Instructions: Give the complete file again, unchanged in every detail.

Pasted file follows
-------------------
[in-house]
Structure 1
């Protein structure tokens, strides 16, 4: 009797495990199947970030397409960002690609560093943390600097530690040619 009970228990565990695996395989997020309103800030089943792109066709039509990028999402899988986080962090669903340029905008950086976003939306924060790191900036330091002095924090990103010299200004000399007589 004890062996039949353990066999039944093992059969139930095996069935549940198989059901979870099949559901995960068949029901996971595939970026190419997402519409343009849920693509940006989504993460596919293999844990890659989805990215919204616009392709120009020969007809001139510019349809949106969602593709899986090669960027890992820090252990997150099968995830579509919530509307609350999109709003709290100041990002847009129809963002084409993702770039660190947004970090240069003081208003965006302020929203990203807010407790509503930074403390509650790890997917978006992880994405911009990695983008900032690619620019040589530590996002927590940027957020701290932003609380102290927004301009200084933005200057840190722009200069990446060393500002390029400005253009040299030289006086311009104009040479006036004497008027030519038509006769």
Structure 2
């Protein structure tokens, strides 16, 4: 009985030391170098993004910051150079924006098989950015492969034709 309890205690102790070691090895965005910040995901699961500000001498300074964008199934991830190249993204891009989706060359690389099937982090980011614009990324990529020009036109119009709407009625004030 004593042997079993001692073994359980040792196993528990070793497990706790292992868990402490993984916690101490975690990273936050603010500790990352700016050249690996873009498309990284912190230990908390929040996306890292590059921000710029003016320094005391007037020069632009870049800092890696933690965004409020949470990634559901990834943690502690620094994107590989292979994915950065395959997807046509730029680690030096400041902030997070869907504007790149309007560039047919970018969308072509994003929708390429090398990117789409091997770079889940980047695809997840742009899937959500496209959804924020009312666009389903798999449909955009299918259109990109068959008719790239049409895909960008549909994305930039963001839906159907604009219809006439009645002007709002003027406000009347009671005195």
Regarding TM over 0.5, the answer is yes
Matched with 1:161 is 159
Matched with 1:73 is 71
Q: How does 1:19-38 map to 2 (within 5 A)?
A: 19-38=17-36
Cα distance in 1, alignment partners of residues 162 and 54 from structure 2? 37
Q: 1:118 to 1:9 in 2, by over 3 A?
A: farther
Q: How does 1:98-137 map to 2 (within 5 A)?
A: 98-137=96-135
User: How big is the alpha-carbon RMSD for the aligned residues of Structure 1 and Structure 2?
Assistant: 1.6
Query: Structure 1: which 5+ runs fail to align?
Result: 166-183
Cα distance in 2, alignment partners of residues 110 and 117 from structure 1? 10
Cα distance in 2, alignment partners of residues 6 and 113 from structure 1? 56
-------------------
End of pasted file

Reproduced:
[in-house]
Structure 1
């Protein structure tokens, strides 16, 4: 009797495990199947970030397409960002690609560093943390600097530690040619 009970228990565990695996395989997020309103800030089943792109066709039509990028999402899988986080962090669903340029905008950086976003939306924060790191900036330091002095924090990103010299200004000399007589 004890062996039949353990066999039944093992059969139930095996069935549940198989059901979870099949559901995960068949029901996971595939970026190419997402519409343009849920693509940006989504993460596919293999844990890659989805990215919204616009392709120009020969007809001139510019349809949106969602593709899986090669960027890992820090252990997150099968995830579509919530509307609350999109709003709290100041990002847009129809963002084409993702770039660190947004970090240069003081208003965006302020929203990203807010407790509503930074403390509650790890997917978006992880994405911009990695983008900032690619620019040589530590996002927590940027957020701290932003609380102290927004301009200084933005200057840190722009200069990446060393500002390029400005253009040299030289006086311009104009040479006036004497008027030519038509006769």
Structure 2
């Protein structure tokens, strides 16, 4: 009985030391170098993004910051150079924006098989950015492969034709 309890205690102790070691090895965005910040995901699961500000001498300074964008199934991830190249993204891009989706060359690389099937982090980011614009990324990529020009036109119009709407009625004030 004593042997079993001692073994359980040792196993528990070793497990706790292992868990402490993984916690101490975690990273936050603010500790990352700016050249690996873009498309990284912190230990908390929040996306890292590059921000710029003016320094005391007037020069632009870049800092890696933690965004409020949470990634559901990834943690502690620094994107590989292979994915950065395959997807046509730029680690030096400041902030997070869907504007790149309007560039047919970018969308072509994003929708390429090398990117789409091997770079889940980047695809997840742009899937959500496209959804924020009312666009389903798999449909955009299918259109990109068959008719790239049409895909960008549909994305930039963001839906159907604009219809006439009645002007709002003027406000009347009671005195």
Regarding TM over 0.5, the answer is yes
Matched with 1:161 is 159
Matched with 1:73 is 71
Q: How does 1:19-38 map to 2 (within 5 A)?
A: 19-38=17-36
Cα distance in 1, alignment partners of residues 162 and 54 from structure 2? 37
Q: 1:118 to 1:9 in 2, by over 3 A?
A: farther
Q: How does 1:98-137 map to 2 (within 5 A)?
A: 98-137=96-135
User: How big is the alpha-carbon RMSD for the aligned residues of Structure 1 and Structure 2?
Assistant: 1.6
Query: Structure 1: which 5+ runs fail to align?
Result: 166-183
Cα distance in 2, alignment partners of residues 110 and 117 from structure 1? 10
Cα distance in 2, alignment partners of residues 6 and 113 from structure 1? 56